SYDNEY (Reuters) - The Australian government said on Friday it would send more drones to Ukraine to aid its fight against Russia on the anniversary of the invasion, and imposed new targeted financial sanctions against 90 Russian individuals and 40 entities.
The latest targets include Russian ministers overseeing energy, resources and industry sectors, and key players in defence including arms manufacturer Kalashnikov Concern, aviation firm Tupolev and submarine developer Admiralty Shipyards.
"We continue to stand with Ukraine," Prime Minister Anthony Albanese said in a statement. "(The uncrewed aerial systems) provide a battlefield intelligence, surveillance and reconnaissance capability for the Ukrainian Armed Forces."
He did not specify how many drones would be shipped, the models involved, and whether they would be armed.
Tens of thousands of Ukrainian civilians and troops on both sides are believed to have died and millions forced to flee since Russian President Vladimir Putin ordered the invasion of Ukraine, which he calls a "special military operation" to rid its neighbour of extremists, a year ago.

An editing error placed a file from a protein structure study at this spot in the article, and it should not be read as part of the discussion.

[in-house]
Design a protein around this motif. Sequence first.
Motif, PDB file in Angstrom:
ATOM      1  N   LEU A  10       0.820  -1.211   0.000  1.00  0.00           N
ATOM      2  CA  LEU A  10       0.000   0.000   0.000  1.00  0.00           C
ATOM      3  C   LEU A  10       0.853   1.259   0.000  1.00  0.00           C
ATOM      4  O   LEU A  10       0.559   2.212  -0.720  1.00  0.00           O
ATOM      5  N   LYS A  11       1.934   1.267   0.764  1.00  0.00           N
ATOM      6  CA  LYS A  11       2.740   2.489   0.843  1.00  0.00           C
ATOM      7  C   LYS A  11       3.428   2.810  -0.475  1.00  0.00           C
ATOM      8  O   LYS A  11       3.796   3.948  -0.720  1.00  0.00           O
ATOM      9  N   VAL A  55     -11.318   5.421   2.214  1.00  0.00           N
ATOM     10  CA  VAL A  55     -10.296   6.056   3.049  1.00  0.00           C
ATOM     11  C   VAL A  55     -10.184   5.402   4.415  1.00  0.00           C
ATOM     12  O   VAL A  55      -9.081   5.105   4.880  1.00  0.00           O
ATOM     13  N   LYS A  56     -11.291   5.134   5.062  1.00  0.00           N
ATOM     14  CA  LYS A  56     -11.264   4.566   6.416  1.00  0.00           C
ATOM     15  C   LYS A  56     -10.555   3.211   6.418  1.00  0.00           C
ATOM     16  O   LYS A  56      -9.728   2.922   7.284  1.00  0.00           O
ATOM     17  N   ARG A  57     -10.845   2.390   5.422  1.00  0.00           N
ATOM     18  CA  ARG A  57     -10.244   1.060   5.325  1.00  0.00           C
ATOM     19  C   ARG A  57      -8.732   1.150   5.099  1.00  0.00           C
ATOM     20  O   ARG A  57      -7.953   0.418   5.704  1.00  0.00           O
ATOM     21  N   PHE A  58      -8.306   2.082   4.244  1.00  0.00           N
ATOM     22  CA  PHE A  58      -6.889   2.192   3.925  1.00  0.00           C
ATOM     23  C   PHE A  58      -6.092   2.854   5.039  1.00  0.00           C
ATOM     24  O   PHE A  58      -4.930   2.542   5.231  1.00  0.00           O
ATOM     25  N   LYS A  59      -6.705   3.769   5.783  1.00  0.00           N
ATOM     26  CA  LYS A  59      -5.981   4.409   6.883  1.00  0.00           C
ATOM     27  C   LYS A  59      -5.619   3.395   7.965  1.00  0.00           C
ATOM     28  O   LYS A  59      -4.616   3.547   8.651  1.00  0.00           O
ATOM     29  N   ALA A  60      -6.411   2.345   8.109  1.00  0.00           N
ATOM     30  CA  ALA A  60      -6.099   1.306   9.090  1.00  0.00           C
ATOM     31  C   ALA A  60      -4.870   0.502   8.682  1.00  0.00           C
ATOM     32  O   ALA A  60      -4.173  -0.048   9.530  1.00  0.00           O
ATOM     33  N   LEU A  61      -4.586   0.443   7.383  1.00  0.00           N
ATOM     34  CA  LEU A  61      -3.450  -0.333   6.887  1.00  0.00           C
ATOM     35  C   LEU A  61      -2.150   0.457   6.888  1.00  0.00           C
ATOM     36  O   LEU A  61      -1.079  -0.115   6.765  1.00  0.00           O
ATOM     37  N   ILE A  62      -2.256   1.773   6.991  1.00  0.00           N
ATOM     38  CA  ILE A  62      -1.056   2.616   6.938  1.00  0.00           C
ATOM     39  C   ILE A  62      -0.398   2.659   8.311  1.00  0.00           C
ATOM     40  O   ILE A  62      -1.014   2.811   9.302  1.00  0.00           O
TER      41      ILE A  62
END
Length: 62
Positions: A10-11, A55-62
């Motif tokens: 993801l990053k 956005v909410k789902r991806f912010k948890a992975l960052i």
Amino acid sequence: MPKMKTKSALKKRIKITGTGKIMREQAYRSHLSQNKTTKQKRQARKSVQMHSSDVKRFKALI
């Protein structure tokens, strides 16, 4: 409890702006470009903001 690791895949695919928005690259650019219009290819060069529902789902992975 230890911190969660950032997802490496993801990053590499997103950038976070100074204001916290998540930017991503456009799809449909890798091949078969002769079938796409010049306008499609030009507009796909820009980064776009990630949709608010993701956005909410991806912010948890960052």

Putin talked up Russia's nuclear arsenal on the eve of the war's anniversary, while the United States and NATO accused China of considering supplying arms to Russia, a strategic partner of Beijing. China dismissed the accusation.
Australian Foreign Minister Penny Wong told ABC television that she would urge China to take steps to de-escalate the conflict.
Australia, one of the largest non-NATO contributors to the West's support for Ukraine, has been supplying aid, ammunition and defence equipment and has banned exports of alumina and aluminium ores, including bauxite, to Russia.
Since the conflict began, Australia has provided around A$500 million ($340 million) in military support to Ukraine. It has also deployed soldiers to Britain to help train Ukrainian troops there and has sanctioned more than 1,000 Russian individuals and entities.
The United States will announce new sanctions against Russia on Friday, the White House said, when President Joe Biden virtually meets G7 leaders and Ukrainian President Volodymyr Zelenskiy.
($1 = 1.4680 Australian dollars)
(Reporting by Renju Jose; Editing by Jamie Freed)